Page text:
There may be many reasons dental offices do not offer socket preservation procedures. Whether it is lack of knowledge about the procedure or assumptions that patients won’t accept the treatment, it is important that the staff is educated about the benefits of socket preservation. The staff should understand the “vision” of the office in order to support the clinician in his or her quest to provide quality care while enhancing the capabilities of the practice and increasing revenue. If all members of the staff are in unison, patients are more likely to respond positively.21

Whether clinicians are trying to build their practice by placing implants or provide their specialists with the optimum starting point, learning socket preservation can be beneficial. Patients’ expectations for complete dental care are increasing; this includes minimizing their time at the dental office. Offering socket preservation will save patients time and money in the long run.


The author has no disclosures to report.


Terry L. Work, DMD
Private Practice, Scottsdale, Arizona


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2. Child PL Jr, Christensen GJ. Extract and graft or extract and dismiss? Dentaltown. September 2011:28-34.

3. Lopez N, Johnson S, Black N. Does peer mentoring work? Dental students assess its benefits as an adaptive coping strategy. J Dent Educ. 2010;74(11):1197-1205.

4. Iasella JM, Greenwell H, Miller RL, et al. Ridge preservation with freeze-dried bone allograft and a collagen membrane compared to extraction alone for implant site development: a clinical and histologic study in humans. J Periodontol. 2003;74(7):990-999.

5. Kugelberg CF. Periodontal healing two and four years after impacted lower third molar surgery. A comparative retrospective study. Int J Oral Maxillofac Surg. 1990;19(6):341-345.

6. Misch CE. Contemporary Implant Dentistry. 3rd ed. St. Louis, MO: Mosby Elsevier; 2008:876-878.

7. Roberts WE, Turley PK, Brezniak N, Fielder PJ. Implants: Bone physiology and metabolism. CDA J. 1987;15(10):54-61.

8. Davies JM, Campbell LA. Fatal air embolism during dental implant surgery: a report of three cases. Can J Anaesth. 1990;37(1):112-121.

9. Ohta Y. Comparative changes in microvasculature and bone during healing of implant and extraction sites. J Oral Implantol. 1993;19(3):184-198.

10. Amler MH, Johnson PL, Salman I. Histological and histochemical investigation of human alveolar socket healing in undisturbed extraction wounds. J Am Dent Assoc. 1960;61(7):32-44.

11. Van der Weijden F, Dell’Acqua F, Slot DE. Alveolar bone dimensional changes of post-extraction sockets in humans: a systematic review. J Clin Periodontol. 2009;36(12):1048-1058.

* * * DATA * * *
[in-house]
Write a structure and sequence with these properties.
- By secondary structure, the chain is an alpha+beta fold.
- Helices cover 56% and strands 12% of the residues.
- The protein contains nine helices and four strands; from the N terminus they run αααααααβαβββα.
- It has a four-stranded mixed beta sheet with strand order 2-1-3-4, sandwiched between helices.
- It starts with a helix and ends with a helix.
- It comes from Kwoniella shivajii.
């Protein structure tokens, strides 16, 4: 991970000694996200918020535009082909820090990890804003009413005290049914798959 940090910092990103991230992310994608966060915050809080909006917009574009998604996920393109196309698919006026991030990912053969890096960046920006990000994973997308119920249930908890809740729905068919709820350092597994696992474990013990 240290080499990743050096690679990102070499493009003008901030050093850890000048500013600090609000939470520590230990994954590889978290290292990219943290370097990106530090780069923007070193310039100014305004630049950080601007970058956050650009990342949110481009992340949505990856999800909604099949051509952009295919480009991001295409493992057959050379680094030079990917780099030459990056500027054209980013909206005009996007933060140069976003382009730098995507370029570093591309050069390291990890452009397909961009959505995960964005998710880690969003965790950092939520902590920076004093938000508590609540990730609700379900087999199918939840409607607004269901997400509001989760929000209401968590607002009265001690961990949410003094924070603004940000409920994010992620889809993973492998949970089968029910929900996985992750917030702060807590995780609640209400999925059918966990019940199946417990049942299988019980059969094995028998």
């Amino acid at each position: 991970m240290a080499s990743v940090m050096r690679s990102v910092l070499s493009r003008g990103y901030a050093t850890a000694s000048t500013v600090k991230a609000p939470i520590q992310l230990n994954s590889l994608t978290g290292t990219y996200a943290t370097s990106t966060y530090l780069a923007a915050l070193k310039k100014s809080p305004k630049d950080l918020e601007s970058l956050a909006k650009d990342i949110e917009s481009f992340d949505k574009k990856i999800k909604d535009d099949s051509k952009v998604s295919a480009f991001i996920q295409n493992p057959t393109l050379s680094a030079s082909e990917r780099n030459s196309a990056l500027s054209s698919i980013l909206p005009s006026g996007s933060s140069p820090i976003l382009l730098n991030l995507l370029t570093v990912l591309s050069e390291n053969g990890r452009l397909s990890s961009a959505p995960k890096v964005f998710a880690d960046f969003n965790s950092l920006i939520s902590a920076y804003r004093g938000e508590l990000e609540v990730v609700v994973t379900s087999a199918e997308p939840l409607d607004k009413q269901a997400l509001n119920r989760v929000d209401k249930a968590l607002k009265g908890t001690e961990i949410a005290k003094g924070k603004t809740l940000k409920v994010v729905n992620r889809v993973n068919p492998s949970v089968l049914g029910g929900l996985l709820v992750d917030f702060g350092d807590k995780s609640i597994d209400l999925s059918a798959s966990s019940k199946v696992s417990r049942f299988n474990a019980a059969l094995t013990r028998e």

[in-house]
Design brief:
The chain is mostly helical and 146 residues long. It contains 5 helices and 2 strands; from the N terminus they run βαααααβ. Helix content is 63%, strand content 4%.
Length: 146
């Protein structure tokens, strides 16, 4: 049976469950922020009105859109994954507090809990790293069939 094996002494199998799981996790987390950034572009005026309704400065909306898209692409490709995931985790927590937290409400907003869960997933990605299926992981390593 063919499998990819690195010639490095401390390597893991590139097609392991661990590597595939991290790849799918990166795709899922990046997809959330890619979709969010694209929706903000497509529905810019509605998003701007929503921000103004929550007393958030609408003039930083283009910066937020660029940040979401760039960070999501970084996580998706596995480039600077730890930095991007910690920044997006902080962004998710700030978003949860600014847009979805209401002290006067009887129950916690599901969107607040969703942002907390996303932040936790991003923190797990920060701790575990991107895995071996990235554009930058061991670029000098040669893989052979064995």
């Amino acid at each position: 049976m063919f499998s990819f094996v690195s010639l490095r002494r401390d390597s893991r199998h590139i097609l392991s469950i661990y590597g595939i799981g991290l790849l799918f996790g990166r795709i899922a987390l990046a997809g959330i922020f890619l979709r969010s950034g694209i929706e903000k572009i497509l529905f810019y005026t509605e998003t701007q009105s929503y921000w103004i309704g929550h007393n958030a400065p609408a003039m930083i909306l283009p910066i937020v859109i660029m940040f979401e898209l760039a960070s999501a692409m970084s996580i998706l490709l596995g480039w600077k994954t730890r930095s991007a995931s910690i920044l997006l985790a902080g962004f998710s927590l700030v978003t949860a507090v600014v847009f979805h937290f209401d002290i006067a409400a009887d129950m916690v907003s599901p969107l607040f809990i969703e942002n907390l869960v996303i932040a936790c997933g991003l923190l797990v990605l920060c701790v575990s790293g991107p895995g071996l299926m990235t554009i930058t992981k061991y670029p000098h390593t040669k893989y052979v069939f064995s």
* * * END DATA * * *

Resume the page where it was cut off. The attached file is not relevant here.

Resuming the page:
12. Misch CE. Contemporary Implant Dentistry. 3rd ed. St. Louis, MO: Mosby Elsevier; 2008:857-861.

13. Urist MR, Strates BS. Bone morphogenetic protein. J Dent Res. 1971;50(6):1392-1406.

14. Misch CE. Contemporary Implant Dentistry. 3rd ed. St. Louis, MO: Mosby Elsevier; 2008:860-863.

15. Sunitha Raja V, Munirathnam Naidu E. Platelet-rich fibrin: evolution of a second-generation platelet concentrate. Indian J Dent Res. 2008;19(1):42-46.

16. Dohan DM, Choukroun J, Diss A, et al. Platelet-rich fibrin (PRF): a second-generation platelet concentrate. Part I: technological concepts and evolution. Oral Surg Oral Med Oral Pathol Oral Radiol Endod. 2006;101(3):e37-e44.

17. Sequeria1 JP, Johri S. Platelet rich plasma: clinical applications in dentistry. Sch J Dent Sci. 2015;2(6):355-362.

18. Dimitriou R, Jones E, McGonagle D, Giannoudis PV. Bone regeneration: current concepts and future directions. BMC Med. 2011;9:66.

19. Fricke J, Halladay SC, Bynum L, Francisco CA. Pain relief after dental impaction surgery using ketorolac, hydrocodone plus acetaminophen, or placebo. Clin Ther. 1993;15(3):500-509.

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Fig 1. Not a good candidate for socket preservation.

Figure 1

Fig 2. Good candidate for socket preservation.

Figure 2

Fig 3. A nonrestorable molar.

Figure 3

Fig 4. Careful sectioning has been performed.

Figure 4

Fig 5. Atraumatic tooth removal.

Figure 5

Fig 6. Tooth has been sectioned.

Figure 6

Fig 7. Periodontal ligament loosened.

Figure 7

Fig 8. Socket cleaned of all debris.

Figure 8

Fig 9. Blood collected to mix with graft.

Figure 9

Fig 10. Membrane placed.

Figure 10

Fig 11. Graft material deposited.

Figure 11

Fig 12. Graft material gently condensed.

Figure 12

Fig 13. Membrane tucked under periosteum.

Figure 13

Fig 14. Site secured with suture.

Figure 14

Fig 15. Radiograph showing radiopacity of material.

Figure 15

Fig 16. Two weeks after extraction.

Figure 16

Fig 17. Immediately after membrane removal.

Figure 17

Fig 18. Healing at 2 months.

Figure 18

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PROVIDER: Dental Learning Systems, LLC
SOURCE: CDEWorld | October 2016
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Learning Objectives:

• Identify cases that are good candidates for socket preservation.
• Discuss the importance of atraumatic tooth extractions.
• Delineate the materials that can be used to perform socket preservation.
• Explain how to implement socket preservation into a general dental practice.


The author reports no conflicts of interest associated with this work.